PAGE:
Review of Young Tony and the Priest: Coming to Belief in an Age of Unbelief, by Gary Potter. Loreto Publications, 2012
This, my friend Gary Potter’s first foray into fiction, is a lovely story. Lovely in that it is filled with love — the uplifting kind that the world so needs today. It is also filled with an amazing number of historical lessons for so short a book. Gary calls it a novella. At ninety-three pages, it is indeed a quick read, although if the print were larger, it would be a longer book and much easier on the eyes.
I identified with one of the characters in the early lines of the story, the grandfather — never named — who tells his grandson, an only child, “If you learn to love books, you will never be lonely.” I can remember telling these very words to my oldest grandson when he was just learning to read. At the time he was the exact age that Tony was when he heard those words from his grandfather.
Young Tony is a deep thinker, having spent much time as a child alone with books, many of the titles suggested by his grandfather. He prayed, though he was not religious. His family was nominally Protestant, but not church goers, quitting that habit on his parents’ divorce. He believed in God, but could not, or did not, define him, except as “Lord.” His “spiritual place” was deep in the California redwood forest, where he spent many hours alone praying to the Lord to strengthen his connection with Him. Once, early on, he found the Lord on a Pacific beach.
At age twenty one, Tony has to make some decisions about life — college does not appeal to him; for marriage he is not ready. Influenced by reading Joseph Conrad, life at sea appeals to him; so he joins the merchant marine. Tony grew to love the life at sea, to love the sea itself. He saw beautiful places and met interesting characters. Reading Henry James one night on a Hawaiian beach, he came across a line that claimed that an indispensable part of a young man’s education is time living in Paris, something his grandfather had done in his youth. Tony resolved to take that advice from James.
To live as a Parisian, not a tourist, Tony had to learn French, in which he quickly becomes adept. At the French school in Besancon, he meets one of the few friends he will make in France. It was in this same town that Tony had his first experience in a Catholic church, the Church of Saint Louis. It was not a religious service, but a concert that took him there, but the beautiful interior of the church had a lasting effect on him. He had never seen anything so stunning, certainly not like his parents’ plain Protestant church. He observed several odd actions on the part of the attendees: dipping their fingers in little water containers all around the church was one; another was genuflecting and crossing themselves before entering a pew. It was only later in his reading that he came across Hillaire Belloc’s line “He who dips his fingers in holy water, for whatever reason, ends up by believing.” Another thing he noticed and wondered about was the presence of “a dining room table” a few feet in front of the high altar. After this experience, Tony began to visit Catholic churches when he finally took up residence in Paris, all the while discussing these things by letter with his grandfather.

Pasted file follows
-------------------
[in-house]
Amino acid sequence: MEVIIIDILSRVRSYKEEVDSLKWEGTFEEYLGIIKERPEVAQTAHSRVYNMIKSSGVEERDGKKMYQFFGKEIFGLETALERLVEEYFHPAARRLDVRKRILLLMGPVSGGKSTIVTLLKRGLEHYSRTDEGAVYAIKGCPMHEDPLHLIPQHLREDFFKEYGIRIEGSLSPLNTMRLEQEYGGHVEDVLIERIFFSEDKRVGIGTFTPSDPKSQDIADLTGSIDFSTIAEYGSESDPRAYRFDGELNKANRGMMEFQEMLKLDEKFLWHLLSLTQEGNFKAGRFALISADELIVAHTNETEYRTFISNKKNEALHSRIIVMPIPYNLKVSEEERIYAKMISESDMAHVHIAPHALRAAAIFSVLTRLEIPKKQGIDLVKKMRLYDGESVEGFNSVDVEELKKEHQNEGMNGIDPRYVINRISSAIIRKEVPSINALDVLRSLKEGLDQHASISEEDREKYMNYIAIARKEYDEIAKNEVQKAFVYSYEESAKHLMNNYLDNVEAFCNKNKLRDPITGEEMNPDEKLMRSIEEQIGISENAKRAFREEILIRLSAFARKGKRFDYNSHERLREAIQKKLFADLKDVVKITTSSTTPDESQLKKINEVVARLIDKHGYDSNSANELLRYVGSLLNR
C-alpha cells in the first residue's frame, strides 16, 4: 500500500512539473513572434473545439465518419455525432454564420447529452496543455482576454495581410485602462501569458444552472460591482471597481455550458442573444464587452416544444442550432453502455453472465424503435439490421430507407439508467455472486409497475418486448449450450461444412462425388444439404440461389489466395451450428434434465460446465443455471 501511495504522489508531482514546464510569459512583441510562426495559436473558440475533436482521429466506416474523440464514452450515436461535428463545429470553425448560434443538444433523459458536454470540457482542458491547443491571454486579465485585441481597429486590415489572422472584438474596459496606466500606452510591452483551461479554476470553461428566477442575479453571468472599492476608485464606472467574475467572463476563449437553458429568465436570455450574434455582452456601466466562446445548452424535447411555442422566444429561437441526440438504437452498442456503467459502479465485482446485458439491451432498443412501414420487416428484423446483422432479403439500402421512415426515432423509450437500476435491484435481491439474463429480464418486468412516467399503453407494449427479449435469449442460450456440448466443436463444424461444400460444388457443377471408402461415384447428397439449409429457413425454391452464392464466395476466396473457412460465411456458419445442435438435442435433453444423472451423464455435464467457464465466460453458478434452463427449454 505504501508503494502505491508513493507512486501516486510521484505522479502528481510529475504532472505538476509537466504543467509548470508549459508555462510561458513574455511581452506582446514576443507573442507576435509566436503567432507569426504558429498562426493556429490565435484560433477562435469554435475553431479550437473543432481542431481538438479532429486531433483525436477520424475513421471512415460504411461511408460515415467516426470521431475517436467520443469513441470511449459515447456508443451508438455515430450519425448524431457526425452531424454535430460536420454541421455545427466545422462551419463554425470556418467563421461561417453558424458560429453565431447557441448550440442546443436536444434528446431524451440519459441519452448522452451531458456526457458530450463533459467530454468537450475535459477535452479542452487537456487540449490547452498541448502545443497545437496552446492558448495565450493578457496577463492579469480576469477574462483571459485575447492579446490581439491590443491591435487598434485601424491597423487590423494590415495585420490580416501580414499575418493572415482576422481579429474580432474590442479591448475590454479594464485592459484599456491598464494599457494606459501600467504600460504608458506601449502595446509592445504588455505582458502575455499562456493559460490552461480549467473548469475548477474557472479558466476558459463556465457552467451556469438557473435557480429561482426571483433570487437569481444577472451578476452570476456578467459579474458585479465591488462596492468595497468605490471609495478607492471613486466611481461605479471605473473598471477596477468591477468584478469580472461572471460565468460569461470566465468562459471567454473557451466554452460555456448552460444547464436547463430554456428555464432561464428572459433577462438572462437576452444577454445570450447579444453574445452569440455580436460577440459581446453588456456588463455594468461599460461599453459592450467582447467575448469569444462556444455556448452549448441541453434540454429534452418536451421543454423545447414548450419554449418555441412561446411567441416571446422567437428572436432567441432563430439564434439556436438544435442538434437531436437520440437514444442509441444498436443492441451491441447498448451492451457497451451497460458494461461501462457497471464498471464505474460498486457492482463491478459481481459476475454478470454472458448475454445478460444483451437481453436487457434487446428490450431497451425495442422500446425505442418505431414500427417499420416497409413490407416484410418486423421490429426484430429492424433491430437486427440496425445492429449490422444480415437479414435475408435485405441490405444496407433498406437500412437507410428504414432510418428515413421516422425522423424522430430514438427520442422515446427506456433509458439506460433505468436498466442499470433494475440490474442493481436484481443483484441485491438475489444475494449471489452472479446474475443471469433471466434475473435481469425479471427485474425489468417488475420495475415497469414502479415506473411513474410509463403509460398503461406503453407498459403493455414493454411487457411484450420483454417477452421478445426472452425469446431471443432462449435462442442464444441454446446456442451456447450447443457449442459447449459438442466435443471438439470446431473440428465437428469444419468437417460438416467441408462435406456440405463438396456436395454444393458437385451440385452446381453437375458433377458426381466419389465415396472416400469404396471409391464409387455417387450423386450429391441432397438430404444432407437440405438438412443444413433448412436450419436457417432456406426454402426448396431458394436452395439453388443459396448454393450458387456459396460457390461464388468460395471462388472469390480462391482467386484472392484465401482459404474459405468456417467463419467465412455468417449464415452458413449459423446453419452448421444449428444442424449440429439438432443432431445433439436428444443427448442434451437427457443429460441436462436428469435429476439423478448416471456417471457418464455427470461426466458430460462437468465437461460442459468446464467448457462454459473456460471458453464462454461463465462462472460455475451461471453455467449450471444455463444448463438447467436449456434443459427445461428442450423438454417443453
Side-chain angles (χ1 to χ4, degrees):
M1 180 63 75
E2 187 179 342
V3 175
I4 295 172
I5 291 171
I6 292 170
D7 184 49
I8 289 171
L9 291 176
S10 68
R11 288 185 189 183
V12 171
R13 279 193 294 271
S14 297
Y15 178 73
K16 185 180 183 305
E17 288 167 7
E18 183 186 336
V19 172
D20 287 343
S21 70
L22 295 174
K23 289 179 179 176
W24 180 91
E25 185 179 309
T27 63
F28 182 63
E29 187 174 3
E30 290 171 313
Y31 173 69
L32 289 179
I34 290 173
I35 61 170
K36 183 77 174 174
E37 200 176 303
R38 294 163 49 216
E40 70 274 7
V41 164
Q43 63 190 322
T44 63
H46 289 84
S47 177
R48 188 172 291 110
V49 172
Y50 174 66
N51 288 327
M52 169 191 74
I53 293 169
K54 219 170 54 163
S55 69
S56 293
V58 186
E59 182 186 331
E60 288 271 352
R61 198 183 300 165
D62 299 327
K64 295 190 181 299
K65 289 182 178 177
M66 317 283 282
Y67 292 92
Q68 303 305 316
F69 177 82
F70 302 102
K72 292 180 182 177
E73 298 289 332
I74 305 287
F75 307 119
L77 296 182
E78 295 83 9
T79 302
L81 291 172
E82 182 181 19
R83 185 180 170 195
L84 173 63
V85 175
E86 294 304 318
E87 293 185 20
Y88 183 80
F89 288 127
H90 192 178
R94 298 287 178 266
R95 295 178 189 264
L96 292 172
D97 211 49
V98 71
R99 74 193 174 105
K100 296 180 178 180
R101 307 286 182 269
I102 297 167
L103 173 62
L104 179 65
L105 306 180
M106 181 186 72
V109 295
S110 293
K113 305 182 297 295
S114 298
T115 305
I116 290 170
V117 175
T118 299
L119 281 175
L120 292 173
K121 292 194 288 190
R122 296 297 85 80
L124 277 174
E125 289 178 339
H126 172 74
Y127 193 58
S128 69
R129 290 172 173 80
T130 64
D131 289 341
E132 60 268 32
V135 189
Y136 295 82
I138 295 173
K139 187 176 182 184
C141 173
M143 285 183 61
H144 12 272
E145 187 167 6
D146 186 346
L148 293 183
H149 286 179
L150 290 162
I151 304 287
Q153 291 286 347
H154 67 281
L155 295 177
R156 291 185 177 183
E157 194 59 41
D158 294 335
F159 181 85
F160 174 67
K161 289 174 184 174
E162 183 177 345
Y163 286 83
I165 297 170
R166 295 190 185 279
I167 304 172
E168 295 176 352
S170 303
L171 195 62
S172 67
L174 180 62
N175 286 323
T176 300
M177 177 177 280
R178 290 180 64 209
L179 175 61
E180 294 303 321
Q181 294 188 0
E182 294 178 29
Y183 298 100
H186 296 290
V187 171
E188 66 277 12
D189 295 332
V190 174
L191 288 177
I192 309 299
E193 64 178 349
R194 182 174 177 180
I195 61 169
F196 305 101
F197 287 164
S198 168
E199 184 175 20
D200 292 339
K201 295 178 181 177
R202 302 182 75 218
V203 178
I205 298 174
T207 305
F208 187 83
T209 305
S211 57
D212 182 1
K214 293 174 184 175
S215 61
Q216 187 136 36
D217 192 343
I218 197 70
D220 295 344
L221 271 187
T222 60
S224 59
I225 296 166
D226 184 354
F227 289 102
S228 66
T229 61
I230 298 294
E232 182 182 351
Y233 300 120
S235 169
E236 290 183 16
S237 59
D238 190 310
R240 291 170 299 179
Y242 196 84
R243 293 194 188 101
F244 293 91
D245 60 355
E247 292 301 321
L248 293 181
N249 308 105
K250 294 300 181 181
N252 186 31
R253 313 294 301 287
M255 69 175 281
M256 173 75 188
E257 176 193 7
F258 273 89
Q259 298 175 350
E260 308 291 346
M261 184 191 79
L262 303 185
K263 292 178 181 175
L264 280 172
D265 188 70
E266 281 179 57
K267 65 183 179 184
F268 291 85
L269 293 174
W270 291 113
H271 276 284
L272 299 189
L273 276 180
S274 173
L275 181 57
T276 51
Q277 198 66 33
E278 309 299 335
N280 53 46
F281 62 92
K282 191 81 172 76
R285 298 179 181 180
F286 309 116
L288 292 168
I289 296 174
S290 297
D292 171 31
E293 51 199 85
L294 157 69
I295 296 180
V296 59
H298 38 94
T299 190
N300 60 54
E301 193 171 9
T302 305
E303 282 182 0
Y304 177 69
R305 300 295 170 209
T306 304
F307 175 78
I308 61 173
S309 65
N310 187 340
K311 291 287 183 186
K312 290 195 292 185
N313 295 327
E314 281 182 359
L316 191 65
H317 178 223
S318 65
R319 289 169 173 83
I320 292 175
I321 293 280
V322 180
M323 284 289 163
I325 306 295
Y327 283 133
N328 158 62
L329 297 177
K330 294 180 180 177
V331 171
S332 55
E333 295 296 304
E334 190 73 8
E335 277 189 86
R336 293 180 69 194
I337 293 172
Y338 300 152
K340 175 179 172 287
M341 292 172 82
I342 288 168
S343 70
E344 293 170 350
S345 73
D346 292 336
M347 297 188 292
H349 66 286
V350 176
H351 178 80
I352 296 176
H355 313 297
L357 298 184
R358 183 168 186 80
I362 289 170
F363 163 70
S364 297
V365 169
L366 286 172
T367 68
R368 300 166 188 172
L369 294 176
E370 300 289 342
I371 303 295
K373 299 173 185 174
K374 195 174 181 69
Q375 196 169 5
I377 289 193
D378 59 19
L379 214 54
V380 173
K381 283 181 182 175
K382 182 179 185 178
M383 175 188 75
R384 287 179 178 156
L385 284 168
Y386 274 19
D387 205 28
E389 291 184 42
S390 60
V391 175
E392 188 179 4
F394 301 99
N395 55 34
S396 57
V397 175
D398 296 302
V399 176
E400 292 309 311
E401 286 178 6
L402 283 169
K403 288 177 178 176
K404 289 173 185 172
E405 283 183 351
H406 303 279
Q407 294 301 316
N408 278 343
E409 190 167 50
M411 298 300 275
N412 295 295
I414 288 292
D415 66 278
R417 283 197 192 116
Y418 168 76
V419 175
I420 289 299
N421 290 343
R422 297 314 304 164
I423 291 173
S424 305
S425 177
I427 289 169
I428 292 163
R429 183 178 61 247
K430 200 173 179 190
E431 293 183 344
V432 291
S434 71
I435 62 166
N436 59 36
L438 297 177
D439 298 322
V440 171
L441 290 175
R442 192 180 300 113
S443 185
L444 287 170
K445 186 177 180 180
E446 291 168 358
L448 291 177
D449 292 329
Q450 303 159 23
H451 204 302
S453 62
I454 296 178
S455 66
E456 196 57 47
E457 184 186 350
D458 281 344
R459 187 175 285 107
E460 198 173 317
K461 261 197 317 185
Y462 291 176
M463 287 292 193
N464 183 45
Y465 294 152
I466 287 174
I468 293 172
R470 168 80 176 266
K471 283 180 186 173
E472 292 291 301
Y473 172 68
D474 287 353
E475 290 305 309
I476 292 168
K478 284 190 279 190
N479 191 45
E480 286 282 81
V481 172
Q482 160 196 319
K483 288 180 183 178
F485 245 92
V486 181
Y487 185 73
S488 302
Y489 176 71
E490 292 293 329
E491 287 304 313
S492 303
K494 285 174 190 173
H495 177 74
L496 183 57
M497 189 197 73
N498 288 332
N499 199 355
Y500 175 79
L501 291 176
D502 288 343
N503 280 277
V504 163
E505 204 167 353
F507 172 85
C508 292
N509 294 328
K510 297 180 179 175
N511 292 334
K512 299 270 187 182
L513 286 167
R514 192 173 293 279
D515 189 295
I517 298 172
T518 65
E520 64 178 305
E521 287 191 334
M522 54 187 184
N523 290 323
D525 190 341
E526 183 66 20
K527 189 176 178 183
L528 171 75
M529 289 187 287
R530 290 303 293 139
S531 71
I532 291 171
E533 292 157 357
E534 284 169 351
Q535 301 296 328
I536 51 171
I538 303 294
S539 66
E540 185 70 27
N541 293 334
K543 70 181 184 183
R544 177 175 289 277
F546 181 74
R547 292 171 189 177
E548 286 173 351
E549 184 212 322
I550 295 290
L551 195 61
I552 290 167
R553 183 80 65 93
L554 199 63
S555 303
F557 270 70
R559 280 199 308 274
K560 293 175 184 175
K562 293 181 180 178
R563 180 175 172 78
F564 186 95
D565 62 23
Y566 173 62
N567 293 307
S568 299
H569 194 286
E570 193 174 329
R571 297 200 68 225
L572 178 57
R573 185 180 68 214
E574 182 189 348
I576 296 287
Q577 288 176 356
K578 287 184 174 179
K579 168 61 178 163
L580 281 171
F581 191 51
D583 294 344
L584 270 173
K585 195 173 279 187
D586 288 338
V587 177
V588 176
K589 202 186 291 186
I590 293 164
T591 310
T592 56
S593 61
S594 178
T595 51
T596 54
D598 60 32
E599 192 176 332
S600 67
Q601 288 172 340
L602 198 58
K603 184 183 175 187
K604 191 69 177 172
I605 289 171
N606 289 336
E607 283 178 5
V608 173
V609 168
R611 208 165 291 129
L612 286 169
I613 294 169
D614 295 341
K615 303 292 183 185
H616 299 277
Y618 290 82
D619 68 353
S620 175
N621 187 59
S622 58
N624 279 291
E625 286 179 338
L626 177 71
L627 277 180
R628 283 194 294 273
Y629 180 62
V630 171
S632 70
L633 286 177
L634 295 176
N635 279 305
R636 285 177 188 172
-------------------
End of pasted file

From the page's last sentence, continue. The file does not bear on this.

Tony’s investigations finally took him to Saint Nicholas de Chardonnet, a church in Paris where the Mass “of the extraordinary rite” — the Traditional Latin Mass — was celebrated. It is here that Providence has him encounter Father LaRoque, the priest of the title of the book. Father LaRoque becomes Tony’s teacher, guide and mentor. Not only does he learn the Catholic Faith from him, Tony learns the meaning of how a Catholic civilization functioned in the days it existed in Europe — how it permeated every aspect of life in those centuries of Christendom. I, too, learned a few things from the good Father: several interesting aspects of fairly recent French history and even a couple of facts about Argentina. I will leave it to the reader to discover those.
Young Tony and the Priest may be a small book, but it is not an insignificant one. Short fiction books often suffer from poor or no character development. This cannot be said of Gary Potter’s novella. Tony, his grandfather and Father LaRoque are vividly fleshed out by this master of prose. You will care about these fellows long before the end, and you will learn much about what the world has lost in this modern age.